The majority of people using the message boards have been doing genealogy for more than ten years. There is a great pool of knowledge and experience coming together to help one another. I have used message boards to assist in the process of planning and evaluating genealogy trips to Ireland, Wales, Scotland, Norway, Germany, and Russia and which one I should do when.
I posted my queries in both the country- and county-specific boards for the focus of my research and within hours-and for the next week-I received very insightful hints and direction from people who lived in the area or who had gone on trips such as I was planning. Some people replied to the message boards, and others sent an email directly to me. Thoughts ranged from where to conduct my research to where to stay and eat to where I would most likely find graves of my family, as well as offering insights on personal genealogy.
In another case, I had posted a message in November 2005 concerning research I was conducting on the Mullins family from Goochland County, Virginia. My first reply was six months later. The individual who responded replied that he had been doing research on his line with the same name and realized that information he had gathered was not of his line and sent it to me, along with several links to review. We continued a correspondence away from the message boards for a couple of weeks, seeking to help each other with our research.
Remember: most message boards are open to the public, so anyone can view or post a query or reply. It becomes your responsibility to make sure that the information you're getting ready to post is really the information you want to share with the world. There will be no time limit as to how long the message will be posted. I have messages that have been out there for five or more years. Once you press "submit," the information is now free to be used as the public chooses to use it.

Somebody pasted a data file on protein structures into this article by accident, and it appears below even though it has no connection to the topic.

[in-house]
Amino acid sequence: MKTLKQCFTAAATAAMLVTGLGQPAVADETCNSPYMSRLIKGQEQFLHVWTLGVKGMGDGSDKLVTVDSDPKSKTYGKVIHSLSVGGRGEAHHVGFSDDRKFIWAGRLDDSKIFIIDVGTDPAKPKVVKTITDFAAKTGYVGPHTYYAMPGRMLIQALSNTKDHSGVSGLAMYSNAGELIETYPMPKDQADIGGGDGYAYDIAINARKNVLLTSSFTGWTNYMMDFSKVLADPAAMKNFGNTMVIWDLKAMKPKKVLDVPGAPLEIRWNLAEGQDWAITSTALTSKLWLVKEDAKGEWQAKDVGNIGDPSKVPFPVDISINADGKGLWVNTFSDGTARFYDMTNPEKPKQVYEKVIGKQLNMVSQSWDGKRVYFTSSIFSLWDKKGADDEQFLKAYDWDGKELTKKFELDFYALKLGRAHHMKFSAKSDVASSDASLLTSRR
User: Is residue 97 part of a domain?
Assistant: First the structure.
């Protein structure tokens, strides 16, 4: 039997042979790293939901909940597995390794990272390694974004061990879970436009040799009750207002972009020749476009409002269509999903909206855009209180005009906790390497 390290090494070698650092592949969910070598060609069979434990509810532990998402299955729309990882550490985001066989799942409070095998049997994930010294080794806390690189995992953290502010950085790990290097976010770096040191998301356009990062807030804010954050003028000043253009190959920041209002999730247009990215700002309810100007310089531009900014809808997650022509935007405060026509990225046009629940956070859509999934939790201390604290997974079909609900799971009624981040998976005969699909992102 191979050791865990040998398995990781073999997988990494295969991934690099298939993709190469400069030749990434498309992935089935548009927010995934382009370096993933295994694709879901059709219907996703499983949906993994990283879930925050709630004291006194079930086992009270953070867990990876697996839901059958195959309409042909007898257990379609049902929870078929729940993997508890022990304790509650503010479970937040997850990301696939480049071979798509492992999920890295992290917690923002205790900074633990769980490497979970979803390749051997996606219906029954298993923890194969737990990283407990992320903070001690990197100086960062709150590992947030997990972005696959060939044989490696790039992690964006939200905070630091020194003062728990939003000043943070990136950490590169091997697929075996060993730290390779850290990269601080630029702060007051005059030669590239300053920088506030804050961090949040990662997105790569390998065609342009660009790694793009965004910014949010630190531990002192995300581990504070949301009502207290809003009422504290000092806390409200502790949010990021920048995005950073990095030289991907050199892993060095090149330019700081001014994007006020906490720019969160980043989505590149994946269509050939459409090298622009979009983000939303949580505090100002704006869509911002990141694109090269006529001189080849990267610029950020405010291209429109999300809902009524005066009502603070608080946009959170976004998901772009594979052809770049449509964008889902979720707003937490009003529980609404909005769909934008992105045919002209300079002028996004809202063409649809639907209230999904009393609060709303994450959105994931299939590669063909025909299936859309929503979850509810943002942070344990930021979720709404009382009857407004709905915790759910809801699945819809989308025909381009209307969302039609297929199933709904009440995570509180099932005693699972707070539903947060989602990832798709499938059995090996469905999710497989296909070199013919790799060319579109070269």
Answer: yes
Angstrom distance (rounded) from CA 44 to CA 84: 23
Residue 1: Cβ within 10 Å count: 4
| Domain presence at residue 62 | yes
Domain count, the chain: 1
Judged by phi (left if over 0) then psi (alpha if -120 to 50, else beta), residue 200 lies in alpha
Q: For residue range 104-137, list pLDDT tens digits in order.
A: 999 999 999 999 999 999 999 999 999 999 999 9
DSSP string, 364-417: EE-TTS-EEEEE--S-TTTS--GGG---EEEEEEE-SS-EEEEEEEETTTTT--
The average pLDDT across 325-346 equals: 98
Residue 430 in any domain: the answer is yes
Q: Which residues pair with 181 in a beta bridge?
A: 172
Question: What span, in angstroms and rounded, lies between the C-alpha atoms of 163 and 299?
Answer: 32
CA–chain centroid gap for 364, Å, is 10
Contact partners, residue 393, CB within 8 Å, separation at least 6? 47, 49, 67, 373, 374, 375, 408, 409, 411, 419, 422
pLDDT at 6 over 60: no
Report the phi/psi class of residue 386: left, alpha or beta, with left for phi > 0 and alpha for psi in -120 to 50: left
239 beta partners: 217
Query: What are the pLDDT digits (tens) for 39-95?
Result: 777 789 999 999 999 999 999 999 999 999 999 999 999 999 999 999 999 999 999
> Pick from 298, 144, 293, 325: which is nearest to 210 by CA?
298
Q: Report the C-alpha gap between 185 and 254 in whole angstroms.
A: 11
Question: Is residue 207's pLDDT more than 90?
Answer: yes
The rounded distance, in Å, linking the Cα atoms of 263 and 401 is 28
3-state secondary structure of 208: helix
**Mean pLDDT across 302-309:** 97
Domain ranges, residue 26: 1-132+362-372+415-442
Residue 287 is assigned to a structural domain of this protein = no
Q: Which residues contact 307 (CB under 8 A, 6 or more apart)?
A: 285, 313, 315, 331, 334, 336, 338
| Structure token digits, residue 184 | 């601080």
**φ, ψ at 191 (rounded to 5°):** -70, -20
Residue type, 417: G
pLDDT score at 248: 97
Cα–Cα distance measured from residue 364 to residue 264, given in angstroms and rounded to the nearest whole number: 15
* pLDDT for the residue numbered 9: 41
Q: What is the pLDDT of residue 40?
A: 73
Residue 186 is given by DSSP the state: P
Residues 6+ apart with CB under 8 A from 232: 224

Take the time to carefully compose your message, providing the key information others will need to help you in your research. For example, the following information is usually important to provide when helping others identify family connection:
- Full name, including any middle names or initials
- Birth, marriage, and death dates
- Places where the above events occurred
- Residence and migration
- Names of their children and parents
Don't be afraid to provide detailed information. If I am looking for specific help, I need to be able to provide enough background information so that others can review it and provide quality input. It helps others understand that you have done your homework, and they will give you better answers.
Check your grammar and spelling. Think about how an error will change the response you might get, such as if you enter a date of 1962 and really meant 1926.
Rather than compose your message in the data entry window provided by the message board, compose your message in your word processing software first, run spell check, edit, and then copy and paste your message into the appropriate message window.
It is important that you use the message boards to keep track of your efforts by doing one or more of the following:
- Use a correspondence log to track your message board posts and queries. Information to track will include the date when you posted, where it was posted, and a summary of your post. As you receive the replies, track the date the reply was received and the results (positive or negative).
- Use bookmarks or favorites. Simply create a folder in your bookmarks or favorites for the explicit purpose of tracking message board queries. The program will usually allow you to add comments each time you visit the site.
- Use your genealogy software to keep track of your message board queries. Some family tree software programs include correspondence logs or to-do lists. Be sure to include the URL, copy of your post or query, the date you last checked, and so forth.
Read more great genealogy tips in Barry Ewell's book "Family Treasures: 15 Lessons, Tips, and Tricks for Discovering your Family History."